• Gonzaga: Basketball coach Mark Few joined ESPN Radio's Colin Cowherd (an EWU alum) this morning with the main subject one we haven't really touched here too much: coaches restricting transfers by not releasing them to certain schools. (In his comments, which you should be able to listen to here at some point (UPDATE: This is a better link), Few said he wouldn't limit options unless he thought there had been tampering and I believe the recent Ryan Spangler transfer illustrates that well). I've never understood how the NCAA can allow that, but then again, I take the athlete's side about 90 percent of the time. ... I link this story just because I am a college baseball fan and it is interesting to me. The game has changed the past couple years.
• Preps: It's Thursday, which means Prep Page day. The best item is Greg Lee's column on Albi Stadium, which once again is being examined with an eye on its future. ... Greg also has a track notebook and there is this feature on Cheney's undefeated soccer team.
• Chiefs: You may have been wondering why I waited until all the way down here to get into Spokane's 3-2, game-seven loss to Tri-City last night, a loss that ended the Chiefs' season. Simple. They loss. It's yesterday's news. ... Just kidding. I'm heartbroken I won't have much in the way of Chiefs news to write about anymore. We can pass along Jessica Brown's story from last night's loss, along with a photo gallery (love the first photo) and a story from the Tri-City Herald. ... Portland recovered last night from three consecutive losses, shut out Kamloops and moved into the WHL's Western Conference finals.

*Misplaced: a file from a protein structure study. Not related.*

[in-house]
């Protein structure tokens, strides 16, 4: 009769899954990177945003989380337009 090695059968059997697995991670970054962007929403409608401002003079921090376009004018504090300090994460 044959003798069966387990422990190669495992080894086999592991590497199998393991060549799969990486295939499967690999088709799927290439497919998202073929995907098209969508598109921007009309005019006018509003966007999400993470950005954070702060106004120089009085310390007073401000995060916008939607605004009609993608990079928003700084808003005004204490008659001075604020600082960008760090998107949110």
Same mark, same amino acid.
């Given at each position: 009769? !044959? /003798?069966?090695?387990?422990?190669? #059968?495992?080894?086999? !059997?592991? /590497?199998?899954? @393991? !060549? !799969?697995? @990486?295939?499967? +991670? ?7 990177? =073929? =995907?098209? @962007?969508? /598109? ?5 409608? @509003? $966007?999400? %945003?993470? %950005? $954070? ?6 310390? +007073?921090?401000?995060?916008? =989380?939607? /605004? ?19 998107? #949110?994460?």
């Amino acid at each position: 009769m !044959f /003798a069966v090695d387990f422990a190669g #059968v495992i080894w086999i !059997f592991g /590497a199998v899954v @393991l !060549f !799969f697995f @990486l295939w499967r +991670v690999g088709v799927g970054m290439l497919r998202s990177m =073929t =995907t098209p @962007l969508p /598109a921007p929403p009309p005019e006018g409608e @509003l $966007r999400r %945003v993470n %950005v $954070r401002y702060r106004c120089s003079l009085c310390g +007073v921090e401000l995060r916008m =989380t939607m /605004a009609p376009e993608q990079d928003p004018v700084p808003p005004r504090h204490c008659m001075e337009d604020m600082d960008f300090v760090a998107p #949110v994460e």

• Shock: Quarterback Eric Meyer is still not ready to come off the injured list and Spokane isn't going to push him, as Jim Meehan's story explains.
• Mariners: There was one number that stood out from the Mariners' 4-1 win over Cleveland last night. It's not two, as in the combined number of home runs hit by Chone Figgins and Ichiro. It's not six, the number of walks Indians' starter Derek Lowe gave up. It's not seven, the length in innings of Jason Vargas' stint, just another step en route to the Cy Young Award. No, it was 11,343, and I'm guessing you know the significance of that number. ... Some thoughts on one M's pitcher who hasn't found the mound yet. ... One of the best defensive catchers of all-time is calling it quits (and yes, catchers can play defense, all Seattle evidence to the contrary).
• NBA: Can Seattle support six pro teams? There is a report out there that doubts it.
• That's our morning report other than to say the sun is shining in Spokane and is expected to all through the weekend (if you are a Cougar fan, you know why that's important). And to add 11,343 is the lowest announced attendance in Safeco Field history. ... We're back on the radio this afternoon, so if you are not too busy, you can listen here. Until later ...